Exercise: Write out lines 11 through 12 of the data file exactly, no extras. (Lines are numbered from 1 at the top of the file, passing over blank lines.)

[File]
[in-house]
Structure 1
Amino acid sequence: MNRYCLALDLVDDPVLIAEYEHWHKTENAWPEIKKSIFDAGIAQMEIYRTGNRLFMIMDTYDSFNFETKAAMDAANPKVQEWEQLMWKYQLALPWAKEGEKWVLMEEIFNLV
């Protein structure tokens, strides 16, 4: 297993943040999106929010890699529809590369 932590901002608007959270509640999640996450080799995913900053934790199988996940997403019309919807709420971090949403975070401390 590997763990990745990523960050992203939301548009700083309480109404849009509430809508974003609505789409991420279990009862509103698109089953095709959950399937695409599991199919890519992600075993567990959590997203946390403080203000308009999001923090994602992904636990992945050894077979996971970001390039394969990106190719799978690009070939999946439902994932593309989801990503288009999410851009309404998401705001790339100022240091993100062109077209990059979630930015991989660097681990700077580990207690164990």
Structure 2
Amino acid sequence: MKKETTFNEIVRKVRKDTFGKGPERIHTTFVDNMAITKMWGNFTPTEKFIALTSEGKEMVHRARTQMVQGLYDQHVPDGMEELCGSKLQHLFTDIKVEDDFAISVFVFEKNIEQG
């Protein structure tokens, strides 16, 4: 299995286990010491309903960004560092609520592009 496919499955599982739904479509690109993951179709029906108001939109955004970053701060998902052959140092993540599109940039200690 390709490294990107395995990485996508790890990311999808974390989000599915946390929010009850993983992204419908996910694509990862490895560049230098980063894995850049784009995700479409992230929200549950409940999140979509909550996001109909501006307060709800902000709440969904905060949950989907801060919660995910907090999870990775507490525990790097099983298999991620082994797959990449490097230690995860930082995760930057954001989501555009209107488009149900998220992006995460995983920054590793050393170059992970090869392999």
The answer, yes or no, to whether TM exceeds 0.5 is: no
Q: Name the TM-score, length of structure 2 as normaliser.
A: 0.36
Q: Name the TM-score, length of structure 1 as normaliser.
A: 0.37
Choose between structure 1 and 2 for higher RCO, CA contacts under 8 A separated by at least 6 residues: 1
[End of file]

Q: Name the TM-score, length of structure 1 as normaliser.
A: 0.37